BY OLIVIA KELLEHER
ENNISKEANE timber yard GP Wood has been fined €90,000 having pleaded guilty to three charges under the Safety, Health and Welfare at Work Act following an incident in which a 53-year-old employee died in 2019.
Frances Murphy, health and safety inspector, previously told Cork Circuit Criminal Court that on February 26th, 2019 they were informed of an incident which had claimed the life of Pat Lacey who had worked with the company for three decades.
Ms Murphy told the court that when CCTV of the scene was examined it showed that a front loader which loads logs at the mill collided with the late Mr Lacey. Ms Murphy said the fault was that essentially in the area where large machinery was working, pedestrians were not segregated from that work area.
‘The late Pat Lacey walked across an area where the machine was operating.’
She said that there was a pedestrian area in place at the time but there was ‘no signage or yellow hatch markings.’
The company has made a quarter of a million euro in improvements at the site following the death of their valued employee. Judge Helen Boyle said that she accepted that the company was extremely remorseful and had co-operated fully with the HSA. In sentencing, Judge Boyle said that it was clear that Mr Lacey was a much-loved man who was not only cherished by his family but by management and his colleagues at GP Wood. The company has erected a plaque in his memory on site.
GP Wood had pleaded guilty that as an employer they failed to manage and conduct work activities, specifically the operation of a CAT938M front-loader vehicle, at or near the log storage yard area of the premises in such a was at to ensure the safety, health and welfare of employees, and in particular that they failed to ensure the segregation of pedestrians from the operational area of the vehicle.
The second charge, which the company pleaded guilty to, was of failing to provide systems of work in similar circumstances that were planned, organised, performed, maintained, revised as appropriate so as to be safe and without risk to health.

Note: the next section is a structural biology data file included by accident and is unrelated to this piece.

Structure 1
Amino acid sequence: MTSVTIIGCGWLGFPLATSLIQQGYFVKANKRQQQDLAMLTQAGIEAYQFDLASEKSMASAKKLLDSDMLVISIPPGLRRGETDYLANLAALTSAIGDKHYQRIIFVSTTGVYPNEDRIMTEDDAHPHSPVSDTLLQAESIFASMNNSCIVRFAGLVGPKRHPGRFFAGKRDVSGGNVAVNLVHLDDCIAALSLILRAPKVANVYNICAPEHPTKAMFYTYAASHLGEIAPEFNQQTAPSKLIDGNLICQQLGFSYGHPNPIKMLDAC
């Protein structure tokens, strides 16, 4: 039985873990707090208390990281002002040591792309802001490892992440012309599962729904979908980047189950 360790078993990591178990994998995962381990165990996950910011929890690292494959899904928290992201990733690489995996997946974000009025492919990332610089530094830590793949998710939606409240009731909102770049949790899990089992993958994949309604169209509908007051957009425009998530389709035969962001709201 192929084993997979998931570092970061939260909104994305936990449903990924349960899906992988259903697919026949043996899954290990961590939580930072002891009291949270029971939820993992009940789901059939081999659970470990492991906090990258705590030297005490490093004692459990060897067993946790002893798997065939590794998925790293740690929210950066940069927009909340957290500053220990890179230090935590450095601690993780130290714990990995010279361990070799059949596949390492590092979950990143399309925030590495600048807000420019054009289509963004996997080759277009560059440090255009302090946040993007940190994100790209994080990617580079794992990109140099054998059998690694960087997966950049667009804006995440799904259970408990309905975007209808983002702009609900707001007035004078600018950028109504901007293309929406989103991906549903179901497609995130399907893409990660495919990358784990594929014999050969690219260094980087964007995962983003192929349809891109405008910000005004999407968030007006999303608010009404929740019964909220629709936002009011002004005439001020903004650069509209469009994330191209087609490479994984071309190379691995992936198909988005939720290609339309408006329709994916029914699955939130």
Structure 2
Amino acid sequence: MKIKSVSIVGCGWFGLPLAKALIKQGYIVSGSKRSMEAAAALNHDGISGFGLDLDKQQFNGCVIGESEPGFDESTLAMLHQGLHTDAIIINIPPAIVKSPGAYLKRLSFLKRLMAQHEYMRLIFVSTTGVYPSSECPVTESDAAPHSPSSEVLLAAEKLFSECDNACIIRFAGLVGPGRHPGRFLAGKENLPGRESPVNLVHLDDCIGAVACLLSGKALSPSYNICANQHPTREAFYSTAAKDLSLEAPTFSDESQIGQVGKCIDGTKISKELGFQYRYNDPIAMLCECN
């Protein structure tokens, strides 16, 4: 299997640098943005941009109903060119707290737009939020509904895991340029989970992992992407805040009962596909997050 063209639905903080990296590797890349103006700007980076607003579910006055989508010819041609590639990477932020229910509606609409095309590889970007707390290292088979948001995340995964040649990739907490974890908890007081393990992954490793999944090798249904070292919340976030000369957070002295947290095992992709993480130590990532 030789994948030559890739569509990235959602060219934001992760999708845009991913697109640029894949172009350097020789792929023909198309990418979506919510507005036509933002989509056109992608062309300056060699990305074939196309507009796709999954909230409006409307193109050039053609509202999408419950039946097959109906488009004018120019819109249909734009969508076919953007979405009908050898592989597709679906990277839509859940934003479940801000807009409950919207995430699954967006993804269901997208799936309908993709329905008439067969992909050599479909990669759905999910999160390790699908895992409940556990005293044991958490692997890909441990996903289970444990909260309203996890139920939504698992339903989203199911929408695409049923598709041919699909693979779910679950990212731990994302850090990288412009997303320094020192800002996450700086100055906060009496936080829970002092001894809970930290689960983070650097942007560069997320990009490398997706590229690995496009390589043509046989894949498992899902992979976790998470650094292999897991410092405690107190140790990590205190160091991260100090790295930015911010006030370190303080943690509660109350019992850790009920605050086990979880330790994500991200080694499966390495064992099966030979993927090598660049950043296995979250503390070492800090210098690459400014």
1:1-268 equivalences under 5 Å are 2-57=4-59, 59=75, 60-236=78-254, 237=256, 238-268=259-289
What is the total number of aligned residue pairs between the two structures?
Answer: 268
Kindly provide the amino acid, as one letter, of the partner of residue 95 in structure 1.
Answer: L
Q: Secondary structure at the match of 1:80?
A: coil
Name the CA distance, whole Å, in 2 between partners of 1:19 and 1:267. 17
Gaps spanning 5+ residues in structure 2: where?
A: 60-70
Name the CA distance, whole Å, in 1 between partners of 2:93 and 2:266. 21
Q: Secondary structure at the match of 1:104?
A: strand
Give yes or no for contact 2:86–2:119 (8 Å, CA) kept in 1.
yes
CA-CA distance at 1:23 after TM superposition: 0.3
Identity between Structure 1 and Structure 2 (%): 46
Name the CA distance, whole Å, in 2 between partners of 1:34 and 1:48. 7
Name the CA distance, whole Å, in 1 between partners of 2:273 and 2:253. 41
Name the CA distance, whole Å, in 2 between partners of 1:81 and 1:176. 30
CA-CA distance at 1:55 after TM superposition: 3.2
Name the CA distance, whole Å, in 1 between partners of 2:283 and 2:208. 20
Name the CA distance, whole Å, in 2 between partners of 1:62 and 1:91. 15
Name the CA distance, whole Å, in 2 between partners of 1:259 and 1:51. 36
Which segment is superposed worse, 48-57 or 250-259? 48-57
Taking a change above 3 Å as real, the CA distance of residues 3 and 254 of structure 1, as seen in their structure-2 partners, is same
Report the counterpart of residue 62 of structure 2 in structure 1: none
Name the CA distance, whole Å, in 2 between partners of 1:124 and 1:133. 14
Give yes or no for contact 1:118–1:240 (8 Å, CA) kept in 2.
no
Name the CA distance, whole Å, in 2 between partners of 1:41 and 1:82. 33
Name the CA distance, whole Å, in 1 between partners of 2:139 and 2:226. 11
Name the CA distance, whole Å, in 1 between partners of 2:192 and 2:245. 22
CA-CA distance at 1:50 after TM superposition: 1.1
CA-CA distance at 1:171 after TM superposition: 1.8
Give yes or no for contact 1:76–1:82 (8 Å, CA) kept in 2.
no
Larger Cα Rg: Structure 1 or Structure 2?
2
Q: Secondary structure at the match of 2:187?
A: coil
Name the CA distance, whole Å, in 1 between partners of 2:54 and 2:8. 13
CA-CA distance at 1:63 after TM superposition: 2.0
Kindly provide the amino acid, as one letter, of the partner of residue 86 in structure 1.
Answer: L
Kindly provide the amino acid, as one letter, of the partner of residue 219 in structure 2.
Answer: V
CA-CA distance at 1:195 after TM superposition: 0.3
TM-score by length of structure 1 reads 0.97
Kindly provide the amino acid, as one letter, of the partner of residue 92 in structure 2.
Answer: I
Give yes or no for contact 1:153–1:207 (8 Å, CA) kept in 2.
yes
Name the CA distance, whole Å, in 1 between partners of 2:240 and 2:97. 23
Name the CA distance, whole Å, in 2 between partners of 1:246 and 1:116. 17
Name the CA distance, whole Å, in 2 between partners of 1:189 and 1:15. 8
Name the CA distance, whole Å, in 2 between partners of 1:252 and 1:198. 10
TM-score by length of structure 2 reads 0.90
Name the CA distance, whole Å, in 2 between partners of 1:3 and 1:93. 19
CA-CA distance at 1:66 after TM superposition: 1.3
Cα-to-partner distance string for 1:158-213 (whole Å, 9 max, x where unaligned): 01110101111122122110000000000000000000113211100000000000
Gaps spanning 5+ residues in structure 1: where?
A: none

The third charge to which they entered a guilty plea, was a failure to ensure organisational measures were taken to prevent employees on foot coming within the area of operation of the self-propelled work equipment, specifically the front-loader vehicle.
There were no specific charges in relation to Mr Lacey’s death.
Three siblings of the dead man, his sisters Caitriona, Carmel and brother John told Judge Boyle of their grief at the passing of a ‘dear brother’ whose ‘joy for life and sense of fun’ was much admired by all who knew him.
Mr Tom Creed, SC, representing the company said that Mr Lacey ‘was part of the company family and was a colleague and friend who is missed by everyone.
‘It is hoped this (case) will bring closure to Pat’s family but they realise the grieving process will be with them forever. His colleagues remember what happened every time they walk past the spot where the accident happened.
‘A plaque has been placed on the spot with the words “Always remembered, Never forgotten”.’
He said the company was in failure of enforcement in not disciplining people for failing to use the walkway.
‘There was never a question of any financial profit or of
deliberate breach of safety with a view to making profit.
‘This was an isolated incident with devastating consequences. €250,000 worth of infrastructural work has
been carried out since and its goal was pedestrian safety and they continue to modify the site.
‘They have introduced several other new walkways on the site at considerable expense.’